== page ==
Musings on Thanksgiving Day
by Rudy A. Arizala
27 November 2014
On the 27th day of November 2014, the United States of America is celebrating nation-wide its annual “Thanksgiving Day”.
According to historical records, the basis for such annual celebration is that in mid-November of 1620, the ship “Mayflower” loaded with refugee-immigrants from the old World (Europe) landed on the shores of what we call now Massachusetts Bay. Governor William Bradford, a witness to said landing wrote in his diary: “They fell upon their knees and blessed the God of heaven, who had brought them over the vast and furious ocean, and delivered them from the periles (sic) and miseries thereof. . .”
The early Pilgrims to escape from the difficult living conditions in their homeland upon landing on the shores of North America knelt and praised the Lord in thanksgiving for a safe journey and arrival at a new but bountiful land which welcomed them. Thus, observance of Thanksgiving was later on institutionalized as a U.S. national observance every fourth Thursday of November.
Recently, U.S. President Obama in solving the “undocumented” immigrants in the United States thru issuance of an executive order pending appropriate legislation on the subject by U.S. Congress reportedly explained the reason for his “stop-gap’ measure as follows;
“My fellow Americans, we are and always will be a nation of immigrants. We were strangers once, too. And whether our forebears were strangers who crossed the Atlantic, or the Pacific, or the Rio Grande, we are here only because this country welcomed them in and taught them that to be an American is about something more than what we look like or what our last names are, or how we worship. What makes us Americans is our shared commitment to an ideal, that all of us are created equal, and all of us have the chance to make of our lives what we will."
However, not every American reportedly shared his views. For that very same evening that the U.S. President made the above statement, Fox News host Bill O’Reilly told his guest, Filipino-American activist Jose Antonio Vargas, himself an undocumented alien: “It’s a compassionate move. But it may not be a just move, because you and the other people here illegally don’t deserve to be here…. You don’t have an entitlement to be here.”
It appears there are two views on “undocumented” immigrants or "TNT’s" (Tago nang tago) in the United States of America or “land of the free and home of the brave.” The first is one expressed by US President Obama that he has to adopt a stop-gap measure thru his executive power to solve the problem of "TNT's" in the United States pending the legislative action of the US Congress. He is doing it “on humanitarian reason and because America is a “nation of immigrants” which welcomed them and “that all of us are created equal.”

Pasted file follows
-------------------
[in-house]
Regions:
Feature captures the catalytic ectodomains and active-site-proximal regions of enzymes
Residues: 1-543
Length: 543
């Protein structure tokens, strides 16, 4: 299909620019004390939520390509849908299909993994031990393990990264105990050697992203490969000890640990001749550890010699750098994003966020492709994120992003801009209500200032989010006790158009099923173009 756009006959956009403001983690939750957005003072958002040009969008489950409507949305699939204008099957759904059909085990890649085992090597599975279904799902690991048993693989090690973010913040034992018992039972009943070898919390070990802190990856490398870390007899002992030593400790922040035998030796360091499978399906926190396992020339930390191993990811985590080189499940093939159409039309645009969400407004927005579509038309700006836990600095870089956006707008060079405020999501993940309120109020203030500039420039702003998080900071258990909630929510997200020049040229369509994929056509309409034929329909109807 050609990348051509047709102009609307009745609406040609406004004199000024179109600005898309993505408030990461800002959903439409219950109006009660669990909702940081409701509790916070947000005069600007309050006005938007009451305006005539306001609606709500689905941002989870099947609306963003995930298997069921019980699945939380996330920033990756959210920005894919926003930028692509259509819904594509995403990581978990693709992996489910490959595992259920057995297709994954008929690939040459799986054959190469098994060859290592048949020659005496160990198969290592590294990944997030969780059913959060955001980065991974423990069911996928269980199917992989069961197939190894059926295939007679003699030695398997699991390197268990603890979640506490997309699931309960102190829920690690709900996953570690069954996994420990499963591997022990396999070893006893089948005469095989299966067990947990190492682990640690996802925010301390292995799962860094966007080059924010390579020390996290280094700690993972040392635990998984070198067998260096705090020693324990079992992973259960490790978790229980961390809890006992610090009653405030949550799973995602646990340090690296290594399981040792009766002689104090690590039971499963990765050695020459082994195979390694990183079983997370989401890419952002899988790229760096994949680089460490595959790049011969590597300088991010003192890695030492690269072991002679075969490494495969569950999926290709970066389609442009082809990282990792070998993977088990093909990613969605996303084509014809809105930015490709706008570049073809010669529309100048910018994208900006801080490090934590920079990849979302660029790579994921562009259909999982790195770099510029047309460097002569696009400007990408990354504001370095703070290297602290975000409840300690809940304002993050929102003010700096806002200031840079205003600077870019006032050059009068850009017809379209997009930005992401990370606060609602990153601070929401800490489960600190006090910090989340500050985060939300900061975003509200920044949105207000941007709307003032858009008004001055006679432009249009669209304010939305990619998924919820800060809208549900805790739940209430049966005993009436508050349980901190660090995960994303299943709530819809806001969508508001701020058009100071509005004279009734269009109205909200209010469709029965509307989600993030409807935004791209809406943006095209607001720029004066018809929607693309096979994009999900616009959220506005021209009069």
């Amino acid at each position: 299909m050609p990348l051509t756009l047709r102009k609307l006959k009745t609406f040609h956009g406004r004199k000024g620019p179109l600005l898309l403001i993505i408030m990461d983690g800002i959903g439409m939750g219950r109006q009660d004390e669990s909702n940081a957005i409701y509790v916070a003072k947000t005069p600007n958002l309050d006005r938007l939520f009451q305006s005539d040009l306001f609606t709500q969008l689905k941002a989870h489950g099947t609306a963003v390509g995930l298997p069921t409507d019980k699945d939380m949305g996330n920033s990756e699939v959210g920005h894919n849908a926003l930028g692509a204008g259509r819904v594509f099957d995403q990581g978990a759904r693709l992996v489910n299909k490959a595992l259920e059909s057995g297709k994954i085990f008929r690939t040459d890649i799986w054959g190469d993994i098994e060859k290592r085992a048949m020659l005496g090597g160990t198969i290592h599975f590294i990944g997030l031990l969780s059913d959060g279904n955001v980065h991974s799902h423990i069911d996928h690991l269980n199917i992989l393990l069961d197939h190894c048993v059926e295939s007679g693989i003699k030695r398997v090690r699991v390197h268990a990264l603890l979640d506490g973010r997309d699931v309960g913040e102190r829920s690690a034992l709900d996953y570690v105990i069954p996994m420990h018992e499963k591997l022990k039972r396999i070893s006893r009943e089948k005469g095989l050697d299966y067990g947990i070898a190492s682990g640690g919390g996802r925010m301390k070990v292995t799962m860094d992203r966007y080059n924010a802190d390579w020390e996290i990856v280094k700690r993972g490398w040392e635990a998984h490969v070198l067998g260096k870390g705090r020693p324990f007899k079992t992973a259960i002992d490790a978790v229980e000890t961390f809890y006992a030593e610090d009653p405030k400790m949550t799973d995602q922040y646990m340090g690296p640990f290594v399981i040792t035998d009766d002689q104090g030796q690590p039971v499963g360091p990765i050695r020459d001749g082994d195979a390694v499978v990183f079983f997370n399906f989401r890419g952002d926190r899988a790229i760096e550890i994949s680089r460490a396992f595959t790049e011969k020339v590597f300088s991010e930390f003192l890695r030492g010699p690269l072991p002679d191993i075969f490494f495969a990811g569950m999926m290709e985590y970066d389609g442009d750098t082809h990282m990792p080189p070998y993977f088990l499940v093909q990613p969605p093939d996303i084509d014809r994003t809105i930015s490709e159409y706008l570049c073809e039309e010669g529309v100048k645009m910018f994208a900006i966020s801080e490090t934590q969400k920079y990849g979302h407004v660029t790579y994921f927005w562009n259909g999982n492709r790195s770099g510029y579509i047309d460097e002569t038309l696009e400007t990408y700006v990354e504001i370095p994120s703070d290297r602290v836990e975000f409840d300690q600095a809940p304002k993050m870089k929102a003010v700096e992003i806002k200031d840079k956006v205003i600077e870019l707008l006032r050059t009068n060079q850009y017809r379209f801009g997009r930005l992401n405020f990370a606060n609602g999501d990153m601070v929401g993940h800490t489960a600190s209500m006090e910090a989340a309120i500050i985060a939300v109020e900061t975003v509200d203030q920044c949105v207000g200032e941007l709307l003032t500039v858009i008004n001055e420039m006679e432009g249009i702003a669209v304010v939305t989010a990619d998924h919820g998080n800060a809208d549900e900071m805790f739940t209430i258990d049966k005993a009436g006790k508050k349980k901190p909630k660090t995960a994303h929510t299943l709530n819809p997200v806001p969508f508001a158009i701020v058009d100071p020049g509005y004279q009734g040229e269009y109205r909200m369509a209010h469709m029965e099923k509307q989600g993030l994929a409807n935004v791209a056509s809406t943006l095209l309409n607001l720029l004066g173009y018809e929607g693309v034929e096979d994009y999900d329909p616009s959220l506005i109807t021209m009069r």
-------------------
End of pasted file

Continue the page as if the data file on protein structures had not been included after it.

On the other hand, the second view is that while the action of the US President is a “compassionate move”, it “may not be a just move, because these people are in the United States “illegally” and “don’t deserved to be here. . . (they) “don’t have an entitlement to be here” in the United States.
Perhaps it is relevant to recall why on the 27th day of November 2014, the United States of America is celebrating nation-wide its “Thanksgiving Day”. The early Pilgrims to escape from the difficult living conditions in their homeland upon landing on the shores of North America knelt and thanked the Lord for a safe journey and arrival at a new but bountiful land which welcomed them.
In celebration of Thanksgiving Day this year, let us hope and pray that those who oppose the recent move of the U.S. President to solve the problem of undocumented immigrants would not forget that when the early Pilgrims from Europe landed on the shores of Massachusetts Bay in 1620, they were welcomed by the original inhabitants with warm hospitality. Since then, because of the bonding and cooperation between the original settlers and the newcomers or immigrants, this country called the “United States of America”, has became a great nation, a land of democracy, freedom and equal opportunity.
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